“We want to keep the population large enough so that there are jobs in the region and sustainable services, so that people can access what they need to live a good life.

“With Rio Tinto leaving, there is an opportunity to improve the design of the town. We will make Nhulunbuy an exciting town, with more spaces for people to mix and more choices for shopping and dining…

“Our vision is to enhance community and sports facilities to make Nhulunbuy a healthy and exciting community…

“We will host sports competitions and exchanges, bringing together clubs and communities from across East Arnhem and the rest of Australia.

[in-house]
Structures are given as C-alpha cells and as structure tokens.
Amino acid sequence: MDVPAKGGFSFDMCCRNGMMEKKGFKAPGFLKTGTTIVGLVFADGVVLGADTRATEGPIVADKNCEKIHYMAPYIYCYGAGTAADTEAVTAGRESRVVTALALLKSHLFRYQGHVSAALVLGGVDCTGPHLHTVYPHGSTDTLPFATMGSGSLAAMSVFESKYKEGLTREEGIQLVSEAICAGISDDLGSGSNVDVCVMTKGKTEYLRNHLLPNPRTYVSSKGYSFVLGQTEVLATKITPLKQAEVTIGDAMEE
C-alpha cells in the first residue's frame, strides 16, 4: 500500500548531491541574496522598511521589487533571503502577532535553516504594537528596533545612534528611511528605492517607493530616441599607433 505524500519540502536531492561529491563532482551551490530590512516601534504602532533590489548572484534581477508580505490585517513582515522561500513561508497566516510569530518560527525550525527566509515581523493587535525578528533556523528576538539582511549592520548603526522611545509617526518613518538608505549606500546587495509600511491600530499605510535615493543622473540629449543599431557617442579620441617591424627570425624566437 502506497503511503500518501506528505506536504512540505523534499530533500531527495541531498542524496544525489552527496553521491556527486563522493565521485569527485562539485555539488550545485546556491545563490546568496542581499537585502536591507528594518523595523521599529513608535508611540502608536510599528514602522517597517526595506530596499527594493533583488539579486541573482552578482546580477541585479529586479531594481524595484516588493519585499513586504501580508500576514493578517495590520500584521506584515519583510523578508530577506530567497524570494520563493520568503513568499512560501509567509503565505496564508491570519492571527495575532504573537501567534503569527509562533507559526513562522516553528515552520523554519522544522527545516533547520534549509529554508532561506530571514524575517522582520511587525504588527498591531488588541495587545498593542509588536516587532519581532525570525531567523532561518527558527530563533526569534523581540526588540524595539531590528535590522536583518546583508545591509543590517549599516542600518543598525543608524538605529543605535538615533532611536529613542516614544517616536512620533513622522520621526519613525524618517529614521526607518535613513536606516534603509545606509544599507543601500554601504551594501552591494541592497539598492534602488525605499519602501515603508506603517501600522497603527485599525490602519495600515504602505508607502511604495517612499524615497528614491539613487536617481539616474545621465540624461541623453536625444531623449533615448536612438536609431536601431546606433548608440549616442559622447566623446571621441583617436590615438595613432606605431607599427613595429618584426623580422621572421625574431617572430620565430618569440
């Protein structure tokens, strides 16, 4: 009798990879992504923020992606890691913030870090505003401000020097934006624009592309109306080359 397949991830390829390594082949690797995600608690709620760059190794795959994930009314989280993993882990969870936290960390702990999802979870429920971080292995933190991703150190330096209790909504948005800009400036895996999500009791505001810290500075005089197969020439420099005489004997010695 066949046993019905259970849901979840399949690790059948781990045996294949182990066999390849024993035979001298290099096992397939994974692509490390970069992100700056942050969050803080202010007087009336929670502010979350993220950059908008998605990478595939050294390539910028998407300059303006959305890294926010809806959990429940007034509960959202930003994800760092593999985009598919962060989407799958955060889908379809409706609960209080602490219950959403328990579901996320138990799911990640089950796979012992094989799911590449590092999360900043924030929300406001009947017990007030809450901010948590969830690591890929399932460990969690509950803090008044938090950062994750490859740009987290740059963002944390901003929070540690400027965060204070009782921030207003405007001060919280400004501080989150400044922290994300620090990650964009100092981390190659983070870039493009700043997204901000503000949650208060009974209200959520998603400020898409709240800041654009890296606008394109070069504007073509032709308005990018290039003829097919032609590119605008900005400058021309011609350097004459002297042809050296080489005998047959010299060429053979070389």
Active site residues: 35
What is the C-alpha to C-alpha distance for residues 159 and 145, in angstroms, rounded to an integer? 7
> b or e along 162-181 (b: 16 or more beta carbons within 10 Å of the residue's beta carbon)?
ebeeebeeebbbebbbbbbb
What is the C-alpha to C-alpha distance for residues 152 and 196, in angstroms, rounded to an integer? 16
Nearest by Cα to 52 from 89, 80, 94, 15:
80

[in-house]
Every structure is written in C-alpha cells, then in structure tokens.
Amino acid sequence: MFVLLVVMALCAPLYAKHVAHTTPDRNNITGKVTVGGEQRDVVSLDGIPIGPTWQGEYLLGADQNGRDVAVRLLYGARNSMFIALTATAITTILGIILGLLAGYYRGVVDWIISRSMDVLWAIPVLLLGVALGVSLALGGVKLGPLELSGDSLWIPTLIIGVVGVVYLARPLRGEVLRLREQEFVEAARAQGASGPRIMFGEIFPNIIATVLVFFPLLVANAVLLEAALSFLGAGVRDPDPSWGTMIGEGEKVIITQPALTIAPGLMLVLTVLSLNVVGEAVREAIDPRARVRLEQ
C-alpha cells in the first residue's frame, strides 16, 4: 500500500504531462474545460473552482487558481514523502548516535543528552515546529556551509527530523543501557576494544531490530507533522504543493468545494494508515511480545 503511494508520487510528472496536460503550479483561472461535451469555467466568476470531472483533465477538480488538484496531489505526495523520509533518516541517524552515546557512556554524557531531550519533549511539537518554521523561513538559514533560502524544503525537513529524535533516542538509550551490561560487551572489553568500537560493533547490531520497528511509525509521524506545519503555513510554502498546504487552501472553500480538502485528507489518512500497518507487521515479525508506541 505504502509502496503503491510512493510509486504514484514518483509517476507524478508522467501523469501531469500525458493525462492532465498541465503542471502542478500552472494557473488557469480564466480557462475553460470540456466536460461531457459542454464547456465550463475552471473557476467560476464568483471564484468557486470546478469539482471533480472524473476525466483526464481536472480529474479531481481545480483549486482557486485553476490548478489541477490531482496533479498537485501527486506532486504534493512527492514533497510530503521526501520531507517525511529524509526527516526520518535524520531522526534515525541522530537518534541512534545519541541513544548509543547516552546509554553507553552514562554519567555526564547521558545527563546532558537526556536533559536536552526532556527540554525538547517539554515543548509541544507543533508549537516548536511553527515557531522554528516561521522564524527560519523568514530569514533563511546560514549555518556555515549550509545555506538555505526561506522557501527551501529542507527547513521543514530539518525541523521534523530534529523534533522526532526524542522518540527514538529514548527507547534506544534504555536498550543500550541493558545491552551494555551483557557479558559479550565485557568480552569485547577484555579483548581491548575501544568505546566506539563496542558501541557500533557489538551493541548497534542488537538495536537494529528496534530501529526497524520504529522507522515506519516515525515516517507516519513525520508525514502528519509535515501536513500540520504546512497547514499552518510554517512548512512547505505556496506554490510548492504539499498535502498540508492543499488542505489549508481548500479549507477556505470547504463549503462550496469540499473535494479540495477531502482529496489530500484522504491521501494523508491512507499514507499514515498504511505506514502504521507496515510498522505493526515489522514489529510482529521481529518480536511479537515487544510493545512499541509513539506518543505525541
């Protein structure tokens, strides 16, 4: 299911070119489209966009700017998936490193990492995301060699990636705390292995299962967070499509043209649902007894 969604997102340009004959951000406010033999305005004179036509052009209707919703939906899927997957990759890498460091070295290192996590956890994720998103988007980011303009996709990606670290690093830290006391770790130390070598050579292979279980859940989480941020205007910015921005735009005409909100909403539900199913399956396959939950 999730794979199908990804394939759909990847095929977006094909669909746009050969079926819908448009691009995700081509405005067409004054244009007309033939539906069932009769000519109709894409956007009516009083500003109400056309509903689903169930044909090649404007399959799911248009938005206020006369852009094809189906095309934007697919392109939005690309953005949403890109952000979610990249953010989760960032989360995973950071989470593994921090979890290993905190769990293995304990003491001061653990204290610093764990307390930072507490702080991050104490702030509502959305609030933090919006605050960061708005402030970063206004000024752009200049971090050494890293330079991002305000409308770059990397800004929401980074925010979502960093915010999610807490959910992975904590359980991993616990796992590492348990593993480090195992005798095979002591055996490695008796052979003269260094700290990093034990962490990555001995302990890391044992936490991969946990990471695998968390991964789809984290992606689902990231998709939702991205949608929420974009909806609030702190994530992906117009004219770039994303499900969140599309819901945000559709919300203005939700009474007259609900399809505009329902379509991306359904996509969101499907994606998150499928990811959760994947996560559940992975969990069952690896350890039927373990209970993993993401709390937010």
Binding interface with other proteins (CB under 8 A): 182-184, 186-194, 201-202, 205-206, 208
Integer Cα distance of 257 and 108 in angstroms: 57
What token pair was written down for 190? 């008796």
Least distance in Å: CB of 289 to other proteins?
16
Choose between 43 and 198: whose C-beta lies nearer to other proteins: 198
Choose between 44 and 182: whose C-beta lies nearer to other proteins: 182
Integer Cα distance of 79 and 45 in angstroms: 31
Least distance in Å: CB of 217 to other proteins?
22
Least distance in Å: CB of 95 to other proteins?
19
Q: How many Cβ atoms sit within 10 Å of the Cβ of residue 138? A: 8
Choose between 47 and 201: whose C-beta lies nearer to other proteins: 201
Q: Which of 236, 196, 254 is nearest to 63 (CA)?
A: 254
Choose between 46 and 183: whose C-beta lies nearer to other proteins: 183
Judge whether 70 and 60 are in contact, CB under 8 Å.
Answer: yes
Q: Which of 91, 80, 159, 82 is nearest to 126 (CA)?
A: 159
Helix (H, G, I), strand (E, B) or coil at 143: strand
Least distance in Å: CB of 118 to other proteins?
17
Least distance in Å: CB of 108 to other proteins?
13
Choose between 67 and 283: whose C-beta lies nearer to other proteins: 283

“We will work towards this vision for Nhulunbuy in balance with our other goals.”

The Traditional Owners say investment in infrastructure is needed, including upgrades to Central Arnhem Road and the Gove Port.

Rirratjiŋu and Gumatj clans have already drawn up development plans – and some of them, such as a small Indigenous-owned bauxite mine, are underway.

But it is possible that the population will be greater by 2030 if other regional development initiatives start and are able to keep some people in town and attract newcomers.

Throughout the next 10 years, Rio Tinto is committed to providing access to opportunities for local and Indigenous businesses and community members to benefit from closure activities.

Last year, the miner spent $119 million with Gove Peninsula goods and service suppliers, $49 million of which was with local Indigenous businesses.